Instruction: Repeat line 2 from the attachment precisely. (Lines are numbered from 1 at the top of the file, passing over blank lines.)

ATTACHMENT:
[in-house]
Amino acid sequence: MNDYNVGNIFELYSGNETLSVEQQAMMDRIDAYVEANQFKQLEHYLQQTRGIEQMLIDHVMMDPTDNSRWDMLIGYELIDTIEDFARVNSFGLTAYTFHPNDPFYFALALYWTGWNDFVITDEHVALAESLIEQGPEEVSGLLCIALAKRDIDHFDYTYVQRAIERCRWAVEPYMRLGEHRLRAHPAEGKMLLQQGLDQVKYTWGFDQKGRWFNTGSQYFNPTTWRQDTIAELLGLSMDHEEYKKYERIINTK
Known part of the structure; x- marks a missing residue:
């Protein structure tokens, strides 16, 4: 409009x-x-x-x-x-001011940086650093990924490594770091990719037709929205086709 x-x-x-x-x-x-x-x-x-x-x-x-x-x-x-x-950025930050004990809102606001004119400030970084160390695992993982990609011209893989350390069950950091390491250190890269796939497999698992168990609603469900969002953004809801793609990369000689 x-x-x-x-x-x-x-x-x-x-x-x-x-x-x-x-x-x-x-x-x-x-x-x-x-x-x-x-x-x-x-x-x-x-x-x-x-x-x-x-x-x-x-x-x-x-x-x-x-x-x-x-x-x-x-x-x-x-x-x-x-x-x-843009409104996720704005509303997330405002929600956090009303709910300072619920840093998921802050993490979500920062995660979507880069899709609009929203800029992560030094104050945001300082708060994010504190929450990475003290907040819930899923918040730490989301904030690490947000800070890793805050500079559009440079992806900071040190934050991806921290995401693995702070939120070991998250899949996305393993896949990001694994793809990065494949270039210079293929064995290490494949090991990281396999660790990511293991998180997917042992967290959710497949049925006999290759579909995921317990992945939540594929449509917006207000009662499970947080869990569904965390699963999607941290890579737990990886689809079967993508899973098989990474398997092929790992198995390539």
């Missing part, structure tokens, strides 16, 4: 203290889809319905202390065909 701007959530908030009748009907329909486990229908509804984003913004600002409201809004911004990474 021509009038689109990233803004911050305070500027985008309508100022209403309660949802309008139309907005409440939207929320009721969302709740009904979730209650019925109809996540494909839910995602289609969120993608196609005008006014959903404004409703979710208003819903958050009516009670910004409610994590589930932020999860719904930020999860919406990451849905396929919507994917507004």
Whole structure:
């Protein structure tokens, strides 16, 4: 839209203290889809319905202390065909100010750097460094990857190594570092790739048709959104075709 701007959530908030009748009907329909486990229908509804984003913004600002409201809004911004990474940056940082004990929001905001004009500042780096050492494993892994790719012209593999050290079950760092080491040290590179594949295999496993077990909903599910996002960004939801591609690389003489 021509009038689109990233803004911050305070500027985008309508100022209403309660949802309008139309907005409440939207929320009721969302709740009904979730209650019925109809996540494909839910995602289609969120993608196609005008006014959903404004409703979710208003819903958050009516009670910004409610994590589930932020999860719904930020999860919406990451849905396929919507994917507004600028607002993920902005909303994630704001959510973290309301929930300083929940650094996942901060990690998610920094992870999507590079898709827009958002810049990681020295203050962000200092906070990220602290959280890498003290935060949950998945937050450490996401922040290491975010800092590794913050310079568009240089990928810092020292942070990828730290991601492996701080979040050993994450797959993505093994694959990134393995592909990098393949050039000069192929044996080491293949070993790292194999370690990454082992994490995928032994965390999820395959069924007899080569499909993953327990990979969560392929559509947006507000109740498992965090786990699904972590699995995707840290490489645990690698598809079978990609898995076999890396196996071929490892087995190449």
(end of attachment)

Amino acid sequence: MNDYNVGNIFELYSGNETLSVEQQAMMDRIDAYVEANQFKQLEHYLQQTRGIEQMLIDHVMMDPTDNSRWDMLIGYELIDTIEDFARVNSFGLTAYTFHPNDPFYFALALYWTGWNDFVITDEHVALAESLIEQGPEEVSGLLCIALAKRDIDHFDYTYVQRAIERCRWAVEPYMRLGEHRLRAHPAEGKMLLQQGLDQVKYTWGFDQKGRWFNTGSQYFNPTTWRQDTIAELLGLSMDHEEYKKYERIINTK